Journal of Clinical Gynecology and Obstetrics, ISSN 1927-1271 print, 1927-128X online, Open Access
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Case Report

Volume 6, Number 2, June 2017, pages 45-48

Bilateral Thyroid-Type Struma Ovarii in a Postmenopausal Patient: A Case Report and Review of Literature


Figure 1.
Figure 1. (a) Complex heterogenous pelvic mass with predominantly cystic and some solid echogenic areas measuring 18.68 × 13.72 × 9.76 cm (transverse view). (b) Mass involves both right and left adnexal regions and extends superiorly into the abdominal cavity (sagittal view).
Figure 2.
Figure 2. (a) Bivalved uterus with right ovarian multiloculated cyst and solid red spongy mass. (b) Left ovarian multiloculated cyst.
Figure 3.
Figure 3. (a) Ovarian stroma with mature thyroid follicles (H&E, × 100). (b) Thyroid follicular tissue containing colloid (H&E, × 400).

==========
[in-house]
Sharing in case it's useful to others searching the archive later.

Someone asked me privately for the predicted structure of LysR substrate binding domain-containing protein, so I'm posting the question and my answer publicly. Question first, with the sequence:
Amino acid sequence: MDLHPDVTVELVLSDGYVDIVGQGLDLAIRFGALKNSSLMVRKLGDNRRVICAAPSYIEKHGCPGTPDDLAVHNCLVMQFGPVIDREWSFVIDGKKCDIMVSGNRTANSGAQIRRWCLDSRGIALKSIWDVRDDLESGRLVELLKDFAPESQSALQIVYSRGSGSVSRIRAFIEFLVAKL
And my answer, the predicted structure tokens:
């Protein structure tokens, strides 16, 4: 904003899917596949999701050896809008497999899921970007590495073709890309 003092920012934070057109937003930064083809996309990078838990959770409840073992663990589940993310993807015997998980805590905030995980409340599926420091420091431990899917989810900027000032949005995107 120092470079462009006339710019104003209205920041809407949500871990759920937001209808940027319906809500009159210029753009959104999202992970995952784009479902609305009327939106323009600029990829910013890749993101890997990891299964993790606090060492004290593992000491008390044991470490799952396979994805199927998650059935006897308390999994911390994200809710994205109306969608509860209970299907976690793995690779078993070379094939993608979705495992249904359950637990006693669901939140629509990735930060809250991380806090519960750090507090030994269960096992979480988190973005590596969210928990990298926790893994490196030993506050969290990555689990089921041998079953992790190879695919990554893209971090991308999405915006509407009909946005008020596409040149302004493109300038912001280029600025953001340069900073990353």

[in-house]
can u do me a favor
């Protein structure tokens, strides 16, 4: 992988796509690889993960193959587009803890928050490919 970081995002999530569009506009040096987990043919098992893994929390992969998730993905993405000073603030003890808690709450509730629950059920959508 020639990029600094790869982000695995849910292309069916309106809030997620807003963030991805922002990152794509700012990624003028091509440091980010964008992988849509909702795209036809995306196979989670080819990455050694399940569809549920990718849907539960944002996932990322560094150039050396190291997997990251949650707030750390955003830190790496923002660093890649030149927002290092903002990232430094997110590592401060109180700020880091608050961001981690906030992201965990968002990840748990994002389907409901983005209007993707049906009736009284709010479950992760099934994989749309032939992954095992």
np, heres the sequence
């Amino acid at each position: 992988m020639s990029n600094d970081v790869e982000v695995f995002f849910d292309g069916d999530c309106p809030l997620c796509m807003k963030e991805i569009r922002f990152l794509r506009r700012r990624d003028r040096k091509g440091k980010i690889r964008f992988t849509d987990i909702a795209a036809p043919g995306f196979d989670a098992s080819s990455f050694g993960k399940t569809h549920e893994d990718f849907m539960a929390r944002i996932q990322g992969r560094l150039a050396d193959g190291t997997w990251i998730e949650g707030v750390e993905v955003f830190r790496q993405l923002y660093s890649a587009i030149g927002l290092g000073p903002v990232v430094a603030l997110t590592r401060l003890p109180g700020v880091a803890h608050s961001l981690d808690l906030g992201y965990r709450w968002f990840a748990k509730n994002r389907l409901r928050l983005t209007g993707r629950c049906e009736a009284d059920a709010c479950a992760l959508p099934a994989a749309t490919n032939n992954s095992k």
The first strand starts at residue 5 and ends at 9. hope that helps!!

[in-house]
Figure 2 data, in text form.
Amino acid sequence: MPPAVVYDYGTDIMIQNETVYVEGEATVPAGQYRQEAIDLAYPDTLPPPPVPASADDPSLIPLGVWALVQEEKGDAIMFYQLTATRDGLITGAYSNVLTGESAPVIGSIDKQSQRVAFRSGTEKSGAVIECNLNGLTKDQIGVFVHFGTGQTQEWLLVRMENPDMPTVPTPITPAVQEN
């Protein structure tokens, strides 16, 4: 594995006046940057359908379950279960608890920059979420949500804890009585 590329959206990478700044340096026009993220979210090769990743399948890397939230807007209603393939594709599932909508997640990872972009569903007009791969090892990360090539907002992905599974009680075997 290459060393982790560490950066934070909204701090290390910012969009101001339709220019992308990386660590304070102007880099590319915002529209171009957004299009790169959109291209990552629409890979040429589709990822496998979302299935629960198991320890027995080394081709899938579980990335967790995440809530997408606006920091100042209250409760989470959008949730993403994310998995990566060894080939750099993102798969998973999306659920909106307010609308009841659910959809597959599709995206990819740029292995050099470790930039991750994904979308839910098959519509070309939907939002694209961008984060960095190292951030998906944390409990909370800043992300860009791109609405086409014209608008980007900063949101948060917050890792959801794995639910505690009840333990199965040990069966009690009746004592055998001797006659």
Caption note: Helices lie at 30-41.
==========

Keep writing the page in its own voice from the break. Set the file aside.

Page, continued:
Table 1. Summary of Selected Features of Bilateral Struma Ovarii
Age at diagnosis (years)Clinical presentationOvarian size (cm)Gross appearanceHistologyCA125 (U/mL) (reference: < 35 U/mL)Thyroid hormoneReference
41Metrorrhagia, abdominal distension for 2 months7.56.5MulticysticBenign thyroid follicles19Not doneNormalNovac et al, 2008 [3]
70Progressive abdominal distension, shortness of breath for 6 months27MulticysticBenign thyroid follicles28486NormalRana et al, 2009 [4]
64Slowly developing pelvic mass, pelvic organ prolapse for several years, shortness of breath812MulticysticBenign thyroid follicles12.3Not doneNormalCurrent case